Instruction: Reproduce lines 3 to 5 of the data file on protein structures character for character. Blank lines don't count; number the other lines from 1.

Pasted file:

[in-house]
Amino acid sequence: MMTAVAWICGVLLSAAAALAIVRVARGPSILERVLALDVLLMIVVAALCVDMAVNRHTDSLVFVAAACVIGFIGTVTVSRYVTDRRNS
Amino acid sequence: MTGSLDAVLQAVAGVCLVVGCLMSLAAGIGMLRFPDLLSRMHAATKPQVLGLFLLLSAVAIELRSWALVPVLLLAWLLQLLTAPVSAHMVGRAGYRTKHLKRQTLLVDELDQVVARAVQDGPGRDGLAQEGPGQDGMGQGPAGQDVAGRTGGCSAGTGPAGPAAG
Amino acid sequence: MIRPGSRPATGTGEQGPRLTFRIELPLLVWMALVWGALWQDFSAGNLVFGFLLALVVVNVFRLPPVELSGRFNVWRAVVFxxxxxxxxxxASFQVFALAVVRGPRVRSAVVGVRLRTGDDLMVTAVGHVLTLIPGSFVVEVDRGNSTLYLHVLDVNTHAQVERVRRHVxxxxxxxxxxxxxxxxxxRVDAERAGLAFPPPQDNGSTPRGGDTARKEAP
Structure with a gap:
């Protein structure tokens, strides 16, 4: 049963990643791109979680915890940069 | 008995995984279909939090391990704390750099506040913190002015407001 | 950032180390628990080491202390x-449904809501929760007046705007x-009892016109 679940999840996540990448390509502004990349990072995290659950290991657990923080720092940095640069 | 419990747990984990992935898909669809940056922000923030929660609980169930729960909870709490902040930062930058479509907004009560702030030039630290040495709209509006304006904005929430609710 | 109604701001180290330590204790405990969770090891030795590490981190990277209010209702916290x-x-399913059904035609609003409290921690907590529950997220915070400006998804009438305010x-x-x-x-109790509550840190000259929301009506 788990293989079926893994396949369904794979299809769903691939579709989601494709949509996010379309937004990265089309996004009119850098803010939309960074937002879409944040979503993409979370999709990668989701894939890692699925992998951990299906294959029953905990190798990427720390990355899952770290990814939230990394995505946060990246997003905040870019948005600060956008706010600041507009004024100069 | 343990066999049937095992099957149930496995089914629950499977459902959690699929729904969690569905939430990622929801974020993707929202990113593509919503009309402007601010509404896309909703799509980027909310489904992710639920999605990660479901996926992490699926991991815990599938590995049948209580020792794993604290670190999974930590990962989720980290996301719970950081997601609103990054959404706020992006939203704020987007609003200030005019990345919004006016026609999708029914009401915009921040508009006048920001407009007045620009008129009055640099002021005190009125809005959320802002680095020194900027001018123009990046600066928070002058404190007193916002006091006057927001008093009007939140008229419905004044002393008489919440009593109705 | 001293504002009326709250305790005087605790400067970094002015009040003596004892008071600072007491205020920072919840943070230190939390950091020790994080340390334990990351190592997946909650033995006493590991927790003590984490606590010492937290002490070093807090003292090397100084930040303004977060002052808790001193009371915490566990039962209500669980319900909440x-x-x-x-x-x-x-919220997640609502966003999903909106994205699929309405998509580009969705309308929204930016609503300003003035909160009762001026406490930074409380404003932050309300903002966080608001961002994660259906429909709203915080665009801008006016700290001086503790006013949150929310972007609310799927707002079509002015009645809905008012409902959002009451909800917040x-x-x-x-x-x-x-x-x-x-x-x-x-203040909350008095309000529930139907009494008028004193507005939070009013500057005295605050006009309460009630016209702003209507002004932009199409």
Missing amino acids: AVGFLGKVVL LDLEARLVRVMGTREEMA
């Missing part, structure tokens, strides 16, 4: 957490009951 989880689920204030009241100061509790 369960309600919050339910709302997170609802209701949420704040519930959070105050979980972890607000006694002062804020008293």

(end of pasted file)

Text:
Amino acid sequence: MTGSLDAVLQAVAGVCLVVGCLMSLAAGIGMLRFPDLLSRMHAATKPQVLGLFLLLSAVAIELRSWALVPVLLLAWLLQLLTAPVSAHMVGRAGYRTKHLKRQTLLVDELDQVVARAVQDGPGRDGLAQEGPGQDGMGQGPAGQDVAGRTGGCSAGTGPAGPAAG
Amino acid sequence: MIRPGSRPATGTGEQGPRLTFRIELPLLVWMALVWGALWQDFSAGNLVFGFLLALVVVNVFRLPPVELSGRFNVWRAVVFxxxxxxxxxxASFQVFALAVVRGPRVRSAVVGVRLRTGDDLMVTAVGHVLTLIPGSFVVEVDRGNSTLYLHVLDVNTHAQVERVRRHVxxxxxxxxxxxxxxxxxxRVDAERAGLAFPPPQDNGSTPRGGDTARKEAP
Structure with a gap: